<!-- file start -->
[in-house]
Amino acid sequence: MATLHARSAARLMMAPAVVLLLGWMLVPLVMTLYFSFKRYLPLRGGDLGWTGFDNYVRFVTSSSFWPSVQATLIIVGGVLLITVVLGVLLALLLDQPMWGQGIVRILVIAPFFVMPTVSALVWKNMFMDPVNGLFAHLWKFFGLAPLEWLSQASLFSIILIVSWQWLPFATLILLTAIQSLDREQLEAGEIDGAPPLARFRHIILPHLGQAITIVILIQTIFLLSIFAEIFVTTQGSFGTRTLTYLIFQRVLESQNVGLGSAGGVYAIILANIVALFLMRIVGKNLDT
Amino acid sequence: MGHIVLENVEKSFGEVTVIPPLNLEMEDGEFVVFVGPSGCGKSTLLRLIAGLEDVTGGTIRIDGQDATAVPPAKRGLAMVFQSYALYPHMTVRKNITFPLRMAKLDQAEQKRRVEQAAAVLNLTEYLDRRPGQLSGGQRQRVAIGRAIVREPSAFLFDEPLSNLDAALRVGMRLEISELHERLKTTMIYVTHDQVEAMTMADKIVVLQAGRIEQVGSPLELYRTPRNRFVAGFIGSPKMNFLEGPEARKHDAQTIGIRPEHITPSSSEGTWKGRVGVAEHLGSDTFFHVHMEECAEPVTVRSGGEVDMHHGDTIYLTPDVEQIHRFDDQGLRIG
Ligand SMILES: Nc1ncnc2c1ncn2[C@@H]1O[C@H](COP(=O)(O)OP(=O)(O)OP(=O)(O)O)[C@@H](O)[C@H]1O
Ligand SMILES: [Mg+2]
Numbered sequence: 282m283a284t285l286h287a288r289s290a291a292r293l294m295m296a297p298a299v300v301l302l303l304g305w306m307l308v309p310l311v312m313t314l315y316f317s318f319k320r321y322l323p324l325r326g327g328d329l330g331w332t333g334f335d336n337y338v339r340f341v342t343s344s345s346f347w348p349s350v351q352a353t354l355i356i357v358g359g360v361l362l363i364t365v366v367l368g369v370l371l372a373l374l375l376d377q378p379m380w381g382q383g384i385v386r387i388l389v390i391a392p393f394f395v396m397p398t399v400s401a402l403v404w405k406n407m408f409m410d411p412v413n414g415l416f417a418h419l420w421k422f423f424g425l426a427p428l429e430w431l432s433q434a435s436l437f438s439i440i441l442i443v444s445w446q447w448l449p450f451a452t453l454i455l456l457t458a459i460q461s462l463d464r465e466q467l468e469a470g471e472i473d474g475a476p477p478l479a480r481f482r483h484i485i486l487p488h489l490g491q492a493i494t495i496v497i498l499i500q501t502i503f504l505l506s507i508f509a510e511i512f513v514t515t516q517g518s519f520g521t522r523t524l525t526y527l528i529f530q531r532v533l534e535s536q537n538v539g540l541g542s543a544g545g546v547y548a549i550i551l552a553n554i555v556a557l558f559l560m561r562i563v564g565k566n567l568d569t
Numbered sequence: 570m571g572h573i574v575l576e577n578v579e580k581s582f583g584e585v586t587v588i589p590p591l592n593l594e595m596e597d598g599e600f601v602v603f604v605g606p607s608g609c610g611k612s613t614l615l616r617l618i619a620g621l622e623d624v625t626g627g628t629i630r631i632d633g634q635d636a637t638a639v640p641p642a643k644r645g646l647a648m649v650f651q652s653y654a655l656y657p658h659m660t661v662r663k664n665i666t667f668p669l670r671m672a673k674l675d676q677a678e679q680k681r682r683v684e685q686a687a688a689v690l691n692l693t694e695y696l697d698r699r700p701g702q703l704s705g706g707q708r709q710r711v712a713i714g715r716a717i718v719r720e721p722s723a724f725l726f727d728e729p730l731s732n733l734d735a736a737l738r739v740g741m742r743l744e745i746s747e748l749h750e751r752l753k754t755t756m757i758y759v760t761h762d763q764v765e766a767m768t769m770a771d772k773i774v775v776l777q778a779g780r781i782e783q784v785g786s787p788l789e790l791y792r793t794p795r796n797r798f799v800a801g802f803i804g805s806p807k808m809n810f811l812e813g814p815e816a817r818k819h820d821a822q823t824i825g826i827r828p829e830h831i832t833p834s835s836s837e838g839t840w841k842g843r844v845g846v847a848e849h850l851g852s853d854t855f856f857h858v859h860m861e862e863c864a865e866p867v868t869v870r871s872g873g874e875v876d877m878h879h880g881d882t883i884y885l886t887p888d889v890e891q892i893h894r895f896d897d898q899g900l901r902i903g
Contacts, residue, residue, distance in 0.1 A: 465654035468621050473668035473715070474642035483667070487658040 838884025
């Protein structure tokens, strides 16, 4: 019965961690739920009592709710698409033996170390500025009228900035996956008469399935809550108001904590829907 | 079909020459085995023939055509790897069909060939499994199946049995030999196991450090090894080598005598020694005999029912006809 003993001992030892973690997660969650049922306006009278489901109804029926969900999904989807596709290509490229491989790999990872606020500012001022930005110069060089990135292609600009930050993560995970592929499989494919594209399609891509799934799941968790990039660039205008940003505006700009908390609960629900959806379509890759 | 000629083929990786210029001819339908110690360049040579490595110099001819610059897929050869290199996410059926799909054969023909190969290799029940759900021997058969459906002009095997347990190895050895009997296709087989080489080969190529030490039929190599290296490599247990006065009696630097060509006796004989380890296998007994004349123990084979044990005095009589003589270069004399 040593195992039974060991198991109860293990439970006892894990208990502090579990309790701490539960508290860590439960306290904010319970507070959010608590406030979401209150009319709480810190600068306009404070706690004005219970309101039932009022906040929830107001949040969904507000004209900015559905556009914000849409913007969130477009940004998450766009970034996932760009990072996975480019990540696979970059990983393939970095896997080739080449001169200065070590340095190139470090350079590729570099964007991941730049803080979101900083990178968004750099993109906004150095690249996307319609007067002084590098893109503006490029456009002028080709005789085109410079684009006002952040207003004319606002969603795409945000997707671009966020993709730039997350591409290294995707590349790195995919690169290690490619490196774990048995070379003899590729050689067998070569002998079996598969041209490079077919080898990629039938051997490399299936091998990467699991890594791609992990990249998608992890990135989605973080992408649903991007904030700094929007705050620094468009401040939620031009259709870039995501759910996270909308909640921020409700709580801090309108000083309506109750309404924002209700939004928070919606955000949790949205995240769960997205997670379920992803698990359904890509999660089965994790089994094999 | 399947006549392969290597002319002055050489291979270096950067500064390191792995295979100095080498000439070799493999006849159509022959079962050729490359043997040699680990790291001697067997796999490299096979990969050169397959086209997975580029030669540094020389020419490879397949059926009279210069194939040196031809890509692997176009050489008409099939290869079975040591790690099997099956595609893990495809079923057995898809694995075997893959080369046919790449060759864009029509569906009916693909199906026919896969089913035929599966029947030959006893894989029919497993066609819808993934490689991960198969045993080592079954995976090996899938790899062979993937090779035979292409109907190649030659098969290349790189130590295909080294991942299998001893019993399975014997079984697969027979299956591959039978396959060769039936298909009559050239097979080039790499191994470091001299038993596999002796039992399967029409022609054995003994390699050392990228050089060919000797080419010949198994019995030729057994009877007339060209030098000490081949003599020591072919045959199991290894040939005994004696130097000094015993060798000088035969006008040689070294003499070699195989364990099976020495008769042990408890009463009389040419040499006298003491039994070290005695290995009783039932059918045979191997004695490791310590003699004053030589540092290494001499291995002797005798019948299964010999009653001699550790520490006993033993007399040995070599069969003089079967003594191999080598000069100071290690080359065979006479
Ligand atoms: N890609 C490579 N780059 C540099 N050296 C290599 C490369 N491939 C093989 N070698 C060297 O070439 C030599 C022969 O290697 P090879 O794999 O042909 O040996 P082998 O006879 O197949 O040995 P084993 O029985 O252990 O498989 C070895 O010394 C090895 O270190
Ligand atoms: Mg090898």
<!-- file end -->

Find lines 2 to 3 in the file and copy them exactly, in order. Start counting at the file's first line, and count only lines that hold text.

Amino acid sequence: MATLHARSAARLMMAPAVVLLLGWMLVPLVMTLYFSFKRYLPLRGGDLGWTGFDNYVRFVTSSSFWPSVQATLIIVGGVLLITVVLGVLLALLLDQPMWGQGIVRILVIAPFFVMPTVSALVWKNMFMDPVNGLFAHLWKFFGLAPLEWLSQASLFSIILIVSWQWLPFATLILLTAIQSLDREQLEAGEIDGAPPLARFRHIILPHLGQAITIVILIQTIFLLSIFAEIFVTTQGSFGTRTLTYLIFQRVLESQNVGLGSAGGVYAIILANIVALFLMRIVGKNLDT
Amino acid sequence: MGHIVLENVEKSFGEVTVIPPLNLEMEDGEFVVFVGPSGCGKSTLLRLIAGLEDVTGGTIRIDGQDATAVPPAKRGLAMVFQSYALYPHMTVRKNITFPLRMAKLDQAEQKRRVEQAAAVLNLTEYLDRRPGQLSGGQRQRVAIGRAIVREPSAFLFDEPLSNLDAALRVGMRLEISELHERLKTTMIYVTHDQVEAMTMADKIVVLQAGRIEQVGSPLELYRTPRNRFVAGFIGSPKMNFLEGPEARKHDAQTIGIRPEHITPSSSEGTWKGRVGVAEHLGSDTFFHVHMEECAEPVTVRSGGEVDMHHGDTIYLTPDVEQIHRFDDQGLRIG